A comment on a HN thread Why I Quit Tech and Became a Therapist stood out to me (bolding is on my behalf):
I’ve been having the same existential crisis for a couple years now. I started working at a FAANG company right out of college, then after a bunch of personal health problems ended up taking a leave of absence that I didn’t return from.
I took a long break from software and started learning politics, philosophy, and history, and eventually came to the conclusion that most of the world’s problems are social/political and won’t be fixed by technology.
And in many ways, the type of work we do directly cause harm to people. (Unfortunately, with the long gap in my career I need to build up work experience before switching to anything else)
How can I continue to work at a corporation that directly causes wealth inequality? Sure, I might personally enjoy working on math and software related problems. But why is my own intellectual curiosity more important than whether someone else gets to eat?
I don’t want to just donate to charities, I want to end systemic problems that lead to charities needing to exist in the first place.nabnob (HN)
This feels like it could’ve been written by me as it pretty much sums up my journey working in the tech industry and subsequently leaving to pursue something more meaningful (except I never expected to find fulfillment working in the tech industry because I spent college trying to run away from it).
Probably the biggest pet peeve of mine of working in the tech industry is the lack of acknowledgement that practically nothing we’re doing is fundamentally vital to humanity. And this is a huge shame because the tech industry certainly attracts some of the brightest people due to technically demanding nature of it and the high salaries.
Sure there are some tech innovations that are monumental, but the developers working on them are a super tiny minority. Most developers are not developing self-driving cars or AI for robotic surgery, they’re getting you to click ads, waste more time consuming mindless media, and buy sh*t you don’t need. None of this is specific to the tech industry, it’s a symptom of a profit-driven market-oriented economic system.
It’s depressing to find out that your career, your life’s work, the work you devote your workweek to and the bulk of your time and energy – is meaningless. People are suffering and the earth is being irreversibly destroyed at our hands, but you’re life’s work is devoted to getting kids to waste more time on Youtube so that advertisers can brainwash them into wanting sh*t they don’t need. That if you were to disappear, nobody’s life would be impacted aside from the mourning of your immediate family and friends.
“With great power comes great responsibility”
It’s even more depressing because you’re probably getting paid very well. So if you live by the mantra of “with great power comes great responsibility”, then you’ll feel guilty for having the financial power to at least affect things, yet you don’t do anything because your job requires you to devote the bulk of your time and energy to serving the corporate overlords.
I couldn’t think of anything worth devoting my time than Universal Basic Income advocacy (UBI), so that’s what I did – job security be damned.
But until we implement a UBI, we’ve all got bills to pay, and so one needs to find a way to get money somehow. This is why I have to apply for jobs again. I don’t give a sh*t about 99% of the jobs out there, but I need the money for survival. So I must pretend to be that apolotical obedient and passionate worker so that I can convince some slavemaster to adopt me.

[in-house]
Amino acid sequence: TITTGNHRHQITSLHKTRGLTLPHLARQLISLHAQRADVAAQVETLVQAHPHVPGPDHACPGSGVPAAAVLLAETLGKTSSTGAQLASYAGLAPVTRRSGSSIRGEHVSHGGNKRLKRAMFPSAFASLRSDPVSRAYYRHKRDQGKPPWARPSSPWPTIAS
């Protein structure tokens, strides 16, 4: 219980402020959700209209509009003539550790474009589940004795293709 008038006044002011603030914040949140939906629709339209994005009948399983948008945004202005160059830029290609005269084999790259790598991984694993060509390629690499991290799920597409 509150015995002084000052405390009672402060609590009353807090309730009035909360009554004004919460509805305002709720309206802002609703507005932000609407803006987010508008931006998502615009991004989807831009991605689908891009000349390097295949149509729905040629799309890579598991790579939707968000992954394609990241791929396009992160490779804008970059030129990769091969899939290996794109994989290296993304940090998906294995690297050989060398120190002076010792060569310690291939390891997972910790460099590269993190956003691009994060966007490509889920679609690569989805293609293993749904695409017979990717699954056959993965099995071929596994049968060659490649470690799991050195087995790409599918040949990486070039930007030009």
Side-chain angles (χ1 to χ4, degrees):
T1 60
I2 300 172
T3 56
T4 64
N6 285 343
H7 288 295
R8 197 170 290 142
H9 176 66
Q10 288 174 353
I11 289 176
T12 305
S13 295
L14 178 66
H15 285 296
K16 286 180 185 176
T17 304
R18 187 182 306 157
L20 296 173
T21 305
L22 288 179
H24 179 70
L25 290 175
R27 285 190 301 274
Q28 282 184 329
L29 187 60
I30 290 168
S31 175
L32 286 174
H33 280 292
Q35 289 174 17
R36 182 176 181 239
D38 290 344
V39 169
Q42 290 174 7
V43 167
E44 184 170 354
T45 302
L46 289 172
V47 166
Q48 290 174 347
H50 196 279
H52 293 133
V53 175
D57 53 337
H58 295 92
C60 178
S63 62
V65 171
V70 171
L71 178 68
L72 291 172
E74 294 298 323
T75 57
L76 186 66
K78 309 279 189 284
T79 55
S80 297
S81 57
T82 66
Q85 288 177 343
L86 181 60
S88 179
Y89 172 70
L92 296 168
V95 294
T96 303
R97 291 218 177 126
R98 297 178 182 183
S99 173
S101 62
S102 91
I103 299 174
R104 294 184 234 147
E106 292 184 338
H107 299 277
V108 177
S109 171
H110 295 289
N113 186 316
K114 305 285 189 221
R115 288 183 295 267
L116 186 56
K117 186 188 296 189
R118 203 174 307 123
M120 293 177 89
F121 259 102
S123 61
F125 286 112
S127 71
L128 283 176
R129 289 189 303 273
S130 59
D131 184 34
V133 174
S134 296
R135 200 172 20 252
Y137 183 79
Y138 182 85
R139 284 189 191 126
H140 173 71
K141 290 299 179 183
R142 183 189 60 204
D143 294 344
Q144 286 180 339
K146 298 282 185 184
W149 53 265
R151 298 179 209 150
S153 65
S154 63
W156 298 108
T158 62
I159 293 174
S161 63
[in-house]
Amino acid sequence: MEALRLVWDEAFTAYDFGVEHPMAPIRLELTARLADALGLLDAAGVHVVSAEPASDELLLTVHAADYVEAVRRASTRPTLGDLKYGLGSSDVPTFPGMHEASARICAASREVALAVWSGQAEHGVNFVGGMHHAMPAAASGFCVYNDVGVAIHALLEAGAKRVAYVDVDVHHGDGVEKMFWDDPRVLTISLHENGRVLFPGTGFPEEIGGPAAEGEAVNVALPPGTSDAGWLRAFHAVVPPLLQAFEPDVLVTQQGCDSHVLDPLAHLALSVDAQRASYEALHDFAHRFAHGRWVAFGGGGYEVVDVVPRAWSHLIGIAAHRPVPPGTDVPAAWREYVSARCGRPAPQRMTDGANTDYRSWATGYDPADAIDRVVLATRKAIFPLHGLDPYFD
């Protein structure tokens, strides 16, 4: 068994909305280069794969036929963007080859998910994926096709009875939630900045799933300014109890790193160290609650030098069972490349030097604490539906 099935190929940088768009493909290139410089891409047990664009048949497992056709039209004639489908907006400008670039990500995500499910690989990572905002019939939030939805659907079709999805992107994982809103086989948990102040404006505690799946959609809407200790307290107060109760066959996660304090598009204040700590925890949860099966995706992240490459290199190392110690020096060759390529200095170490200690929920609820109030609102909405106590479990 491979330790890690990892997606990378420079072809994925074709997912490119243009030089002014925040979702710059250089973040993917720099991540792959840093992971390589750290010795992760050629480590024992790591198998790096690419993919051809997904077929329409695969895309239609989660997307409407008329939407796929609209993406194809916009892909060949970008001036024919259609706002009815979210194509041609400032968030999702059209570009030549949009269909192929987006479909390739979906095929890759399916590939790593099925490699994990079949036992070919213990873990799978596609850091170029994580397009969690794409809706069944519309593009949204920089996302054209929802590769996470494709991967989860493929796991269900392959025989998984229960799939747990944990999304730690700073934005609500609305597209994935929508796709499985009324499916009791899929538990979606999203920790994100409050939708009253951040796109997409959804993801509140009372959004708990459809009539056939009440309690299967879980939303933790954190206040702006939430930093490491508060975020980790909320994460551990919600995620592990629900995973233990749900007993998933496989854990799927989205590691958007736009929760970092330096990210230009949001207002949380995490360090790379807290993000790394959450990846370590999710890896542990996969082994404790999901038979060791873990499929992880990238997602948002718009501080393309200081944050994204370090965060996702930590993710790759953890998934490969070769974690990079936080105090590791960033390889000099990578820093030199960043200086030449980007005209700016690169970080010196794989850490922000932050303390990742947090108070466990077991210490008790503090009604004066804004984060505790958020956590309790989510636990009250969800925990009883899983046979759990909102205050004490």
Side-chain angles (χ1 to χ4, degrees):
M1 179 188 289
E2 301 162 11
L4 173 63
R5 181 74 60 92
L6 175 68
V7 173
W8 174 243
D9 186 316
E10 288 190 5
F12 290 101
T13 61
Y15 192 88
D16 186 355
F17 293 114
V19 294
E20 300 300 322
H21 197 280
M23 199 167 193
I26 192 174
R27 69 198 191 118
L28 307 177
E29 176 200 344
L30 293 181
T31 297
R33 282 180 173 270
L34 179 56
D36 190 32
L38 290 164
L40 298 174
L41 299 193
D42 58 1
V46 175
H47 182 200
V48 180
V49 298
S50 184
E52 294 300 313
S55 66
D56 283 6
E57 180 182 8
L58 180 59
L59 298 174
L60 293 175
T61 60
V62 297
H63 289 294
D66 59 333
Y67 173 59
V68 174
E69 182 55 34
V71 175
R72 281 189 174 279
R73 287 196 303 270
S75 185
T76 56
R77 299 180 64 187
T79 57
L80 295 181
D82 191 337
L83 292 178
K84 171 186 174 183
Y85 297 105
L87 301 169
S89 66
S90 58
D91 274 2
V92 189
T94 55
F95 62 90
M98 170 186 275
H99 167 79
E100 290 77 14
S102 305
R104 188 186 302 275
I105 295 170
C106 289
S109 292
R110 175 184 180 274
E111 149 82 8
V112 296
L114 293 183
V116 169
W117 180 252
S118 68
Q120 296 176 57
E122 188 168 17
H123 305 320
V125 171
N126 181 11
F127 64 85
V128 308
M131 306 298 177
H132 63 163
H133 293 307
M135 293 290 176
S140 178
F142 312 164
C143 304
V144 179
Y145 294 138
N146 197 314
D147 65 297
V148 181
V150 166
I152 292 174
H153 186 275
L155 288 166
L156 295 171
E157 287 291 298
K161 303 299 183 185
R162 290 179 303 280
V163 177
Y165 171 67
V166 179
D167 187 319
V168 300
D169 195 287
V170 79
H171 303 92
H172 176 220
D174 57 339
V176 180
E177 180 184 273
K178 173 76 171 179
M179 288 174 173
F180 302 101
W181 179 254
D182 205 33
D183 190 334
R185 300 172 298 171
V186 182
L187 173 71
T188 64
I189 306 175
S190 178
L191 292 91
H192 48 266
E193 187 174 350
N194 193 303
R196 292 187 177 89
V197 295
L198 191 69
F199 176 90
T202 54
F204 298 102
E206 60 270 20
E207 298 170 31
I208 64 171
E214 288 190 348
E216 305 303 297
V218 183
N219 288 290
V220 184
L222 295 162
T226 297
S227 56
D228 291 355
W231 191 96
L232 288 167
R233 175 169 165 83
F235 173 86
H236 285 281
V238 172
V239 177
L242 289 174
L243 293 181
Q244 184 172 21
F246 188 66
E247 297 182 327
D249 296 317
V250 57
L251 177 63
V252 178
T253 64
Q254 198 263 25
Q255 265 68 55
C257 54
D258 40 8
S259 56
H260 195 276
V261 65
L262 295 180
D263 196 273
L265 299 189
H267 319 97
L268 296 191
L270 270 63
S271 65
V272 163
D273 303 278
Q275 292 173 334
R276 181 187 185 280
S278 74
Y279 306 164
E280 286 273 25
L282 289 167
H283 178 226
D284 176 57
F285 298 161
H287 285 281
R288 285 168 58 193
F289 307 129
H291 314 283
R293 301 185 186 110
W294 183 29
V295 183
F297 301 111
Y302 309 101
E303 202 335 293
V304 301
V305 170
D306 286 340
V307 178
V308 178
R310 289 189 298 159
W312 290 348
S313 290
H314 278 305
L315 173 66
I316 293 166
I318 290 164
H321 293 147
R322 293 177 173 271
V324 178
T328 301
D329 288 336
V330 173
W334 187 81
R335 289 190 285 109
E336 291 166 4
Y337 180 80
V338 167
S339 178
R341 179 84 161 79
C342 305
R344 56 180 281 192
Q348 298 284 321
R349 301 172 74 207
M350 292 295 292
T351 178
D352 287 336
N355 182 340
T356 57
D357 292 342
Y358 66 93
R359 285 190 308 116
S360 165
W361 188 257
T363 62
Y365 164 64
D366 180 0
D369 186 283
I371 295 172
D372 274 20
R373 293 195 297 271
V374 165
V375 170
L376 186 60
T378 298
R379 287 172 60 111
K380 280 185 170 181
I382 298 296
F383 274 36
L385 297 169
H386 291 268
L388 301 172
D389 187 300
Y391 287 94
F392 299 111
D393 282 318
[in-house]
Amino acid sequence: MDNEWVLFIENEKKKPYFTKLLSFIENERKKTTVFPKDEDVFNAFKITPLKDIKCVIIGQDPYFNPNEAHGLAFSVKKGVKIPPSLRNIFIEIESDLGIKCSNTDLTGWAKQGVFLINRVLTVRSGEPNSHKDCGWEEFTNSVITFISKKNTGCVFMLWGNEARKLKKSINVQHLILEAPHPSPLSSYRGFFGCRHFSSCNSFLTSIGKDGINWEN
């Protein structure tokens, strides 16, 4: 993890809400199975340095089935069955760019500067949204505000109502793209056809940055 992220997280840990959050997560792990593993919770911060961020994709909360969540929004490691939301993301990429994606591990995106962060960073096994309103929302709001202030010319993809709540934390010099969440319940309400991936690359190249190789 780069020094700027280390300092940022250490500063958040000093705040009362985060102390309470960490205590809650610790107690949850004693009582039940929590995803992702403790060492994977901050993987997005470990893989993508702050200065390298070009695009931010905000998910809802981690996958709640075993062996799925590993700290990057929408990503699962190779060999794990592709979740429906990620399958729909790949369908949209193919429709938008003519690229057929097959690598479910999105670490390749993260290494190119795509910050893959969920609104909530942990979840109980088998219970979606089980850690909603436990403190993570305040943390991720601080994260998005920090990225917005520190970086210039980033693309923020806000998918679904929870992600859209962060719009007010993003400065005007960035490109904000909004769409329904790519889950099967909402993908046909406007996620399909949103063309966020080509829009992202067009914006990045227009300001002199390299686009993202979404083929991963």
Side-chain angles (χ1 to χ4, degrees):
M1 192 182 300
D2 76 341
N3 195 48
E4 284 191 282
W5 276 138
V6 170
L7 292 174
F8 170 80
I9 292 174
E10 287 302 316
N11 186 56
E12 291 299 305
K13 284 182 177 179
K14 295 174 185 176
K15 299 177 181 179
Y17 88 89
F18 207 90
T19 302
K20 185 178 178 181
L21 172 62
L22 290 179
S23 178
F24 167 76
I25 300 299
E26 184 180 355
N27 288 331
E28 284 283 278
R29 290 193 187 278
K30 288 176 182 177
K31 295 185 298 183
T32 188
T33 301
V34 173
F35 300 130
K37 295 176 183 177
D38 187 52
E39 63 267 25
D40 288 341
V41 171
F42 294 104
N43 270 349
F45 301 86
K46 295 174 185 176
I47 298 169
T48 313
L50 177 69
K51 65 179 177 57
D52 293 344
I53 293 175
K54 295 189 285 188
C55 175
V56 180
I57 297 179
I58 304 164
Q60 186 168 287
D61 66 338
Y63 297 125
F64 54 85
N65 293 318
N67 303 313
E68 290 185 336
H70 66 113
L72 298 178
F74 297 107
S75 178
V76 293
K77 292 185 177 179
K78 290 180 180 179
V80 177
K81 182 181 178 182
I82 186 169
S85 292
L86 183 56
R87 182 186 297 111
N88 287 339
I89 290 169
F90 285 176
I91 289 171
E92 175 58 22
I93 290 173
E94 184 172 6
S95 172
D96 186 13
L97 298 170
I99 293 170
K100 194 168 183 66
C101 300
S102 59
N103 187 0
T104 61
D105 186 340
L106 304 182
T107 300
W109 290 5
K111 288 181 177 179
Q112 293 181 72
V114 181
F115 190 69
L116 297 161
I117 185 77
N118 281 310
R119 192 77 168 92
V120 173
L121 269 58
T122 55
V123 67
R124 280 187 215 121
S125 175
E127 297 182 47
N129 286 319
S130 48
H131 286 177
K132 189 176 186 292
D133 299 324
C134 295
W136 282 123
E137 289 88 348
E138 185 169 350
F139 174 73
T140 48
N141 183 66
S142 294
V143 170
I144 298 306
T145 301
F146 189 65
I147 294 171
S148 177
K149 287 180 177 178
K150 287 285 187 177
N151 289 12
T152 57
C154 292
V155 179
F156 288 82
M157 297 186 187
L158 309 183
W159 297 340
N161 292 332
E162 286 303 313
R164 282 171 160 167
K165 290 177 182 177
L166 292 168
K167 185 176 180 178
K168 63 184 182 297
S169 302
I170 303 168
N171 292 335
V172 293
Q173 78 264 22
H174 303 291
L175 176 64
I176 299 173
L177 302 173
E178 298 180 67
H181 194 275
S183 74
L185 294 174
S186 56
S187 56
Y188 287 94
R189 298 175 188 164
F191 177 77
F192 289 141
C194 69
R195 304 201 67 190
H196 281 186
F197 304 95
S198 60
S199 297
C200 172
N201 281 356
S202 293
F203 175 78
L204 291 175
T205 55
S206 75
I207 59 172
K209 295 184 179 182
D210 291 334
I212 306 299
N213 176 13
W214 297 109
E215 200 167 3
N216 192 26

Most jobs suck. I’d wager that only 5% of jobs are actually meaningful, and the only job that can empower one to directly change the system that forces us into devoting our lives to pursuing meaningless work is to be a politician, or an “influencer” who can influence the masses to vote the politicians in to do their bidding for them.
My goal here isn’t to make you depressed or convince you that you need to quit your job and pursue a career change. You screwed up in choosing this career after all, what makes you think you’ll do better next time?
One must simply accept reality for what it is because it is mentally unhealthy to stress over that which we cannot change. Recognize that as an individual, you can only do so much to change the system. Your best bet at changing the system is to acquire either money or influence, the latter of which is especially easier said than done.
Make a conscious effort to improve things, but don’t sabotage your own career or livelihood to do so unless you can financially afford to, or are committed enough to making it work at any expense.
My goals right now are:
- Financial Independence
Financial independence must take precedent for now because I’ve got bills to pay. Once I’ve achieved financial independence, I’ll be able to devote myself entirely to activism, and not under a pseudonym because I won’t have to care about career repercussions anymore.
I realize that by writing this blog my impact is marginal, but it’s merely something I do on the side, and who knows where it will lead. Again I want to stress that the purpose here isn’t to make you depressed, it’s to make you aware that if you’ve been thinking the same thoughts – you’re not alone. I’m glad I read that article and HN comment/thread because it never hurts to be reminded of that from time to time. We just don’t speak out in real life because it would be career suicide.